[Note 6] The record appendix contains two copies of the trust instrument. We have quoted from the second copy, which the index correctly identifies as, “Trust–Vito Grieco Dated August 29, 1963.” The index apparently incorrectly identifies a first copy of this trust instrument as “Trust–Vito Grieco Dated January 6, 1981.” This first copy as appearing in the appendix is missing the page containing the critical language defining the trustee’s authority, which we have quoted in the body of this opinion.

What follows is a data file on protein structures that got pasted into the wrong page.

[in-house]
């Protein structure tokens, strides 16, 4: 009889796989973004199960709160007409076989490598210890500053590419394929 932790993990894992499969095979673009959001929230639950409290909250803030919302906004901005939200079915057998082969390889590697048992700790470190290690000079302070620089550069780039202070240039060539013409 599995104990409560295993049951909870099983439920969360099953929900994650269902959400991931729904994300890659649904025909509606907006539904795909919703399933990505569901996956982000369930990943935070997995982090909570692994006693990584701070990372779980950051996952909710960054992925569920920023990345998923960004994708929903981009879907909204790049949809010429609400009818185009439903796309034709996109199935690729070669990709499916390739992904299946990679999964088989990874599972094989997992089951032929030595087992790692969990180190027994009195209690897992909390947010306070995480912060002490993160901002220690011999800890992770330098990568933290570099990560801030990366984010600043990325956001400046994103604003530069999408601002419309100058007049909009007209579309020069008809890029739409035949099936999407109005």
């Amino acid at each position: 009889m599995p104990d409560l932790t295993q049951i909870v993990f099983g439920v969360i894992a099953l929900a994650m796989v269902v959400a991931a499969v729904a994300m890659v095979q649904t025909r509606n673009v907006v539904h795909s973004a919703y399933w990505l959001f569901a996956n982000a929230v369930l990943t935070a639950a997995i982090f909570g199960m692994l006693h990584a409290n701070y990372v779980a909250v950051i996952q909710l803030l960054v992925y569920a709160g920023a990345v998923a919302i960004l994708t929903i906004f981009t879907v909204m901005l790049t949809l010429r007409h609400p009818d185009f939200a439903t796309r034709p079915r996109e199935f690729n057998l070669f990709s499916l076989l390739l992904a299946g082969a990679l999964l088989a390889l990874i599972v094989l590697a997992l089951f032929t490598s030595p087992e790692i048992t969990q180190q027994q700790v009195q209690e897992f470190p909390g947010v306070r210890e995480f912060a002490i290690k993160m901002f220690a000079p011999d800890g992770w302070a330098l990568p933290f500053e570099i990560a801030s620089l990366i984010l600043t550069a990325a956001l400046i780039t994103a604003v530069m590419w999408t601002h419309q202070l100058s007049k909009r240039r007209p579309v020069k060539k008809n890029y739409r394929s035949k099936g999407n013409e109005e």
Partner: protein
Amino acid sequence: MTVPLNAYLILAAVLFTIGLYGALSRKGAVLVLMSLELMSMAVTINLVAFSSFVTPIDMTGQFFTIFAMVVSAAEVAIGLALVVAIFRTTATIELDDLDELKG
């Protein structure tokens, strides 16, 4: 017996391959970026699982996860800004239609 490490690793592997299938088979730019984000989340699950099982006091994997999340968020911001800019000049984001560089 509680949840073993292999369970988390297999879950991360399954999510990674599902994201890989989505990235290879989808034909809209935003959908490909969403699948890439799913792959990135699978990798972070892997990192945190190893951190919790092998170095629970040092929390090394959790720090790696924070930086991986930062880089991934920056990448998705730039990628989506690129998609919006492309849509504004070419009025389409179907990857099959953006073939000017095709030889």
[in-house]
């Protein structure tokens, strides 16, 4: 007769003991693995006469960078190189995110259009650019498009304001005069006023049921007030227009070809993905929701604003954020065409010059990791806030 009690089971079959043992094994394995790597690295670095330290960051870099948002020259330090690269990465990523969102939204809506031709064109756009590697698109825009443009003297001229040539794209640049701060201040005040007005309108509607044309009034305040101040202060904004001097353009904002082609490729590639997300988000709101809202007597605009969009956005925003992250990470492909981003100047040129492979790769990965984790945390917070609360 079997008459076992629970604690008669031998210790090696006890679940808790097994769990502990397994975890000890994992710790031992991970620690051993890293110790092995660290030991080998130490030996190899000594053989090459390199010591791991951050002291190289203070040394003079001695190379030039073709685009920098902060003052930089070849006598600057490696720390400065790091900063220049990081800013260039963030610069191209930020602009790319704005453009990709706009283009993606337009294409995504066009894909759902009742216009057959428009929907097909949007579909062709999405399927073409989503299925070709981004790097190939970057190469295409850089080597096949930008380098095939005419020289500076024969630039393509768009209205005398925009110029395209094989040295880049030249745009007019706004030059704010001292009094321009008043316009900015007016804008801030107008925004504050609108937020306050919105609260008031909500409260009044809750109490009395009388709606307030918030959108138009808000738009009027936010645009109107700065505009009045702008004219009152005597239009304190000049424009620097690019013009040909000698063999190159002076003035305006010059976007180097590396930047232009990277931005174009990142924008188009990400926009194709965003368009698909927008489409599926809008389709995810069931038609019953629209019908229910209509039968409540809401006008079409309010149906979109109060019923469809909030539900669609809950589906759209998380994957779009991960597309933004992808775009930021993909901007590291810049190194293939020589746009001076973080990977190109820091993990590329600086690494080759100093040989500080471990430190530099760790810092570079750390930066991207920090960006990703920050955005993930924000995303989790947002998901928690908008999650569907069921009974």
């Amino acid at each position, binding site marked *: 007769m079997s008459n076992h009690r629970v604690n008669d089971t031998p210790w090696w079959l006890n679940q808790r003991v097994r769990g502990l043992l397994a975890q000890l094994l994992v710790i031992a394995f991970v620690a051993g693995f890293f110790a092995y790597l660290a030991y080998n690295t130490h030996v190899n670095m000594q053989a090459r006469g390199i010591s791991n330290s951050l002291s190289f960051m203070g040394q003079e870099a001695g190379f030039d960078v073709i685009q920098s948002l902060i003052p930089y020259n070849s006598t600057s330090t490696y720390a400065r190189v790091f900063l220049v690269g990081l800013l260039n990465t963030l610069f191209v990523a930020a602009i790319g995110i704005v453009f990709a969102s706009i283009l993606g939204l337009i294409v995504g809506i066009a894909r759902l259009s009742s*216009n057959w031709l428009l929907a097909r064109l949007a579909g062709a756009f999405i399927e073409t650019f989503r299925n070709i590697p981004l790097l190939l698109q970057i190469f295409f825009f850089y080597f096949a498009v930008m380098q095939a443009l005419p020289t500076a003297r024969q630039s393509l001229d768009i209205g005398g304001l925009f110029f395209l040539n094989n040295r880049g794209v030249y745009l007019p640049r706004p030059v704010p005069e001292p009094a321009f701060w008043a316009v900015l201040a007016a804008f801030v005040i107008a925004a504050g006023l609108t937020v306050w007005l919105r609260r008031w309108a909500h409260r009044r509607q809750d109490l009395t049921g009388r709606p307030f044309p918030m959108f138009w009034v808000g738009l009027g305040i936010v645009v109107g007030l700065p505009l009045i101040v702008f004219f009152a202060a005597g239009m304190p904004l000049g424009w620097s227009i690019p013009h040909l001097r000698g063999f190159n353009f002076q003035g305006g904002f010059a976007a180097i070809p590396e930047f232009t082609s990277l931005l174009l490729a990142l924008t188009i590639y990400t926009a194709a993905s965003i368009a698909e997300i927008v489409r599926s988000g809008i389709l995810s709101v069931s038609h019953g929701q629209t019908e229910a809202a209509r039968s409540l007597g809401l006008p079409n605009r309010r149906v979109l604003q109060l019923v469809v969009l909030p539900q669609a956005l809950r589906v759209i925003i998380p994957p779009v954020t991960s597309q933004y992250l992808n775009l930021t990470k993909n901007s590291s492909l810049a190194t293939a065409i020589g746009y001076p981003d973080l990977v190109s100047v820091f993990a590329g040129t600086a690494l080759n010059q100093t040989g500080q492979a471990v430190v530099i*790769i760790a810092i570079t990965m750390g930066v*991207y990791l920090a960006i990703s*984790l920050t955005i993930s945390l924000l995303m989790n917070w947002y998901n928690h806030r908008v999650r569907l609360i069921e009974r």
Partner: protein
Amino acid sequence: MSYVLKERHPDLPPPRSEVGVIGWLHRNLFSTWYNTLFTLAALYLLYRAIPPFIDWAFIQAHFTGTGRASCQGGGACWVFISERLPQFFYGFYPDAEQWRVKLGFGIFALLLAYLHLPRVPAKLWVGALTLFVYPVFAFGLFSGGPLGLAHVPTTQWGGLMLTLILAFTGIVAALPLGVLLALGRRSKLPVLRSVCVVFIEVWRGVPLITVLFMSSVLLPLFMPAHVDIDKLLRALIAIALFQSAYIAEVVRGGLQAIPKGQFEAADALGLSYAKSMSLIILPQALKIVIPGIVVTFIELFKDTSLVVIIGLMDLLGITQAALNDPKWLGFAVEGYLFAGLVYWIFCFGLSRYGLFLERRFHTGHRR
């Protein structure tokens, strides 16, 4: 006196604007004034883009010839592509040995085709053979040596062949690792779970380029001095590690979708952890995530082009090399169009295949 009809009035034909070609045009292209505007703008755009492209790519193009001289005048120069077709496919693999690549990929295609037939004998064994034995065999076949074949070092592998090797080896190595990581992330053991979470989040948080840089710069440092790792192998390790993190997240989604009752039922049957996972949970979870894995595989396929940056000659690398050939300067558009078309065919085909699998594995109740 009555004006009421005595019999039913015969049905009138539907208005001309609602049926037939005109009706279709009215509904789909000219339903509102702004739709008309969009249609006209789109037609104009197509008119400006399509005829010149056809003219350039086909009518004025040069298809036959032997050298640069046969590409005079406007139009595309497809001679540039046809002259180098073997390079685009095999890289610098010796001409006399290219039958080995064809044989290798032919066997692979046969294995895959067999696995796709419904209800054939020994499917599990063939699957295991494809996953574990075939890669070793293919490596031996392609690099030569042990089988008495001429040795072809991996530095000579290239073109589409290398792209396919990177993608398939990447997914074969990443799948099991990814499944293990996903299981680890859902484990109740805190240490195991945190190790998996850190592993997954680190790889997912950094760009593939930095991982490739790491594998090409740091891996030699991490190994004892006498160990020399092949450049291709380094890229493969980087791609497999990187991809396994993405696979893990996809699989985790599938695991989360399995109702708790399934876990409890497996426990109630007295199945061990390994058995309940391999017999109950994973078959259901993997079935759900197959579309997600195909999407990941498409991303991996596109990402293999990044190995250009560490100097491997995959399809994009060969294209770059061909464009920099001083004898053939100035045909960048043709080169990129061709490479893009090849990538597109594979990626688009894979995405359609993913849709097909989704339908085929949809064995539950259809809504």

[Note 7] We comment on a theme which the wife has chosen to weave into her argument before this court. It is her contention that, lurking beneath the trial judge’s finding and consideration of this factor, were biases, related to the age and social status of the parties, which influenced the judge’s decision to treat the husband’s conduct as somehow more innocuous and acceptable than similar behavior of a comparably younger person. Especially in situations involving spousal abuse, we “will not abdicate our review responsibility and will modify or reverse in those instances when the facts and law compel it, particularly . . . where the decision is manifestly unfair or the award inequitable.” Handrahan v. Handrahan, 28 Mass. App. Ct. 167 , 172 (1989) (Brown, J., concurring). Such is not the case before us.